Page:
Trucking seems straightforward but there are a lot of logistics that go into it.
Let’s find out what deadheading means and how it affects truckers and the amount of money they can earn.
What does deadhead mean in trucking: Deadheading is when you don’t have anything in the trailer behind your semi-truck.
This usually happens if you need to transport cargo from one place to the other, but don’t pick up anything for the return trip.
Deadheading can be dangerous as strong winds can topple the unbalanced trailer. While truckers may receive a small payment for deadheading, it is not profitable.
Those that have to travel long distances with no cargo can look at load boards to pick up jobs along their route.
What is Deadhead pay?
Luckily, trucking companies do their best to minimize the miles spend while deadheading.
Not only do they want to maximize their profits but they want to incentivize truckers to stay on with their company.
You might be able to receive deadhead pay when you are driving without a load.
This is less than what you would make if you were transporting something but can still cover essential costs such as gas.
Deadhead pay is usually determined by mileage.
Drivers will record their mileage and then be compensated for this amount.
Just note that deadhead pay is normally for longer trips.
Short trips, where you return from a delivery with an empty trailer, are seen as standard and just something you have to deal with in the industry.
Why is deadheading expensive?
Truckers can potentially end up losing money if they need to deadhead and there is little compensation attached to it.
While deadheading once in a while is the norm, if you find yourself regularly in this experience, it is imperative to negotiate more money with your trucking company.
Even if you get paid a nominal amount, there are other costs associated with deadheading that the rate might not cover.
This includes the cost of gas as well as the extra wear on your tires.
Then, you can also think about how much more money you would be making if you were actually transporting cargo, and thus receiving your full pay.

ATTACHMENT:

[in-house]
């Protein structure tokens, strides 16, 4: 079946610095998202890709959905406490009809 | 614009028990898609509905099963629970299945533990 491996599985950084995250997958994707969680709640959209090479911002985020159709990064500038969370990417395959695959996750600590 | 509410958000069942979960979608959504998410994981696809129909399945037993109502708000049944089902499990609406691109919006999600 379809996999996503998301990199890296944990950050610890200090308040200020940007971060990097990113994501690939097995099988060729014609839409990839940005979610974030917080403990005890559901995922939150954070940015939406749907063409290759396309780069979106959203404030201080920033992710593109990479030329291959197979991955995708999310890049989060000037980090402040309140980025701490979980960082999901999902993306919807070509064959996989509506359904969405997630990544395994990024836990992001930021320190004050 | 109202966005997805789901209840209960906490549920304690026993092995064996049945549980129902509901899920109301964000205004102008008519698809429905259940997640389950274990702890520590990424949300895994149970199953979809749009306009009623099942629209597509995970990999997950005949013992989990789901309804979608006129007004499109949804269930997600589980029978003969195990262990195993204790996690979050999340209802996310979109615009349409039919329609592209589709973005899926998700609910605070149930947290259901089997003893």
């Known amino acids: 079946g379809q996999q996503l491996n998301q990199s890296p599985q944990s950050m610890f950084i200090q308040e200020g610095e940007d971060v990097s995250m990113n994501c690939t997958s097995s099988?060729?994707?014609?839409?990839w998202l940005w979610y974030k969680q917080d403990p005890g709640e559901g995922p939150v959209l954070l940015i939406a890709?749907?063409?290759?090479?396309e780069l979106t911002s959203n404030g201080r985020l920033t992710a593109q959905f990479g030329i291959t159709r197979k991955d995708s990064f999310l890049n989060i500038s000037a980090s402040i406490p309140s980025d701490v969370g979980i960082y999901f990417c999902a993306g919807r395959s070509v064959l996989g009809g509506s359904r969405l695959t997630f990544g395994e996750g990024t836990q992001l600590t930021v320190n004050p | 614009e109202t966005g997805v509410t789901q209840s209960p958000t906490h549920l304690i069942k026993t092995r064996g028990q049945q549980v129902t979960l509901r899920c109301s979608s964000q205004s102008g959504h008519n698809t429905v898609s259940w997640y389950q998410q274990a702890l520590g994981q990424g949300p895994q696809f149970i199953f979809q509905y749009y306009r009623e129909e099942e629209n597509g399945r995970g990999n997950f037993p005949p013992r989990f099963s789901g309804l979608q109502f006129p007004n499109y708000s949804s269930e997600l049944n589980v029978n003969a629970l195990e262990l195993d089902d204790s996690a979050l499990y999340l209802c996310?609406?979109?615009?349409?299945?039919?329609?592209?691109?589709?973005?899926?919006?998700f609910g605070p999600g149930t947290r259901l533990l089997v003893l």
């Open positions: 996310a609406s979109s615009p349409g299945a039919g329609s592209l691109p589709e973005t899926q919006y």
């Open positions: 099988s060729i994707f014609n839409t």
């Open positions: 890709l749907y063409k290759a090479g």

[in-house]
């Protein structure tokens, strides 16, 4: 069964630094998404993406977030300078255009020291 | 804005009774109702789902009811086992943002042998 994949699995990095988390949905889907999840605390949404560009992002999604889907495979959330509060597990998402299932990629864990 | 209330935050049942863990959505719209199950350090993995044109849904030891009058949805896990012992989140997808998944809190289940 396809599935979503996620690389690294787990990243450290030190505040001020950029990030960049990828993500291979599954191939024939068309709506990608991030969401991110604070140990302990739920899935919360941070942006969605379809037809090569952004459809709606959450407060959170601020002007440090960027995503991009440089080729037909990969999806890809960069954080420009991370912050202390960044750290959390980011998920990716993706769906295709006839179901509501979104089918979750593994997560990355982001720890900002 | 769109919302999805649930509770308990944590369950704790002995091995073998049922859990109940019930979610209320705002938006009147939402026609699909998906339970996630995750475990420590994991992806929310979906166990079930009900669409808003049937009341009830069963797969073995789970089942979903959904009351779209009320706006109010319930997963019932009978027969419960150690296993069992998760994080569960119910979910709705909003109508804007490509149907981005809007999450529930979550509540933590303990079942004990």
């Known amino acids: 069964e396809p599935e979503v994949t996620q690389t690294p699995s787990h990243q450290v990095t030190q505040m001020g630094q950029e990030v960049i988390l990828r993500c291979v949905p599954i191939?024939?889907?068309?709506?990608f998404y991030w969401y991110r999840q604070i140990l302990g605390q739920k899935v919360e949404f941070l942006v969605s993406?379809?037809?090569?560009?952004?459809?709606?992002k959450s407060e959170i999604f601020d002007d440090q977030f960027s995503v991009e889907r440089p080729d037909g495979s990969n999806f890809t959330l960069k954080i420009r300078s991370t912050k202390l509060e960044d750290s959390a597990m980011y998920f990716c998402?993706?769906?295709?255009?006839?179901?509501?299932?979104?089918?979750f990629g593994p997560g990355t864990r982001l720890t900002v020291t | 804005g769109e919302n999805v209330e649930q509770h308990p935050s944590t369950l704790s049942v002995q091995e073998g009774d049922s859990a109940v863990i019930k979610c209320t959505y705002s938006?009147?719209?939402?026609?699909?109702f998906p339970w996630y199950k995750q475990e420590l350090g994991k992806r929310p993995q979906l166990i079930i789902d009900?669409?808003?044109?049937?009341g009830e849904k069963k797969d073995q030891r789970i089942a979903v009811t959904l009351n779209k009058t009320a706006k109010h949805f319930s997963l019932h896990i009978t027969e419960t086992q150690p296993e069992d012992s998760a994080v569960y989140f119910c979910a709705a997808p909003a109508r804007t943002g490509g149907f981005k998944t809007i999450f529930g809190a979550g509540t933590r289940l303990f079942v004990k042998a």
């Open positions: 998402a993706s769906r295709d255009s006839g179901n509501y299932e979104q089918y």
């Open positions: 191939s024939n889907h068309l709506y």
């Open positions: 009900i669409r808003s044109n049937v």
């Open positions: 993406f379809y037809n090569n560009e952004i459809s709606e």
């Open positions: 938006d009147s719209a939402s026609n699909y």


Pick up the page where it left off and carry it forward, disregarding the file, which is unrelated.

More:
What is a Deadhead route?
Once you are established in the trucking industry, it is easier to find ways to maximize your potential profit.
Picking up short routes while deadheading is one of these.
While most truckers have contracts with companies, there are also one-off routes that truckers can pick up.
These are usually accessed through load boards.
Truckers can look on load boards to see what routes are available to pick up.
Then, they can match the available routes with their predetermined deadhead route, and then still make money.
Unfortunately, extra planning is needed and sometimes the routes don’t match up perfectly.
Still, if you are in for a long and poorly paid drive, trying to pick up extra work is something to consider.
How do you calculate Deadhead?
Deadheading is simply the amount of distance traveled without any cargo in your trailer.
It is calculated through distance, with the driver having to record their miles.
The rate for paying for deadheading is rather small and just enough to cover the cost of gas and a bit of labor.
Most often, you won’t get paid for your deadhead driving until you have covered at least 1000 miles.
This is because there will be certain times when you won’t have any cargo, so companies will factor that into their overall pay.
While you may get deadhead pay if you are a trucker, if you are an owner-operator, you usually have to eat the costs of deadheading.
This is why the logistics of route planning are so important.
Why Is Deadhead Trucking Dangerous?
You might think driving with nothing in your trailer is safer than a full trailer.
After all, there’s no extra weight so driving is easier.
However, truck drivers are far more used to driving with cargo than without.
The sudden absence of thousands of pounds of cargo can lead to an off-kilter experience.
An empty trailer is very light but you still have to deal with the dimensions of the trailer.
Therefore, when you turn corners there is a greater chance of a rollover as there is no extra weight for stability.
Wind can also be an issue when you are deadheading.
The strong crosswinds, especially if you are driving in open areas, can cause the unbalanced trailer to tip over.
Heavy winds can cause chain reactions, especially if multiple semi-trucks are driving in the same area.
Anyone who is deadheading for long distances may want to check the weather forecast and alter their route if need be.
Truck drivers will need to adjust their driving habits when they are deadheading.
Slower speeds, especially around corners, are essential.
Are drivers trained to deadhead?
Even though truckers will start their training courses with an empty trailer, this is usually done over smaller distances.
Truckers won’t be driving empty trailers very far as their schooling is only for a few hours.
Furthermore, most truckers learn city driving, where the speed limits are lower.
Add in the traffic around them, and there is more protection from deadheading in congested city streets.
The real issue comes when truckers need to deadhead over long stretches of road.
The weather is a huge factor as wind or heavy rain can cause slippery conditions, even if you have plenty of experience.
As a car driver, you should naturally give any semi-truck you see plenty of space.
However, if you see a semi-truck moving around on the road, then this is a sign that the trailer is empty or not very full of cargo.
Give these trucks even more space, just in case.
Deadheading is when a semi-truck doesn’t have any cargo in it. Deadheading happens often, but usually with shorter routes.
To offset the minimal pay that deadheading brings in, truckers can look on load boards to pick up extra jobs.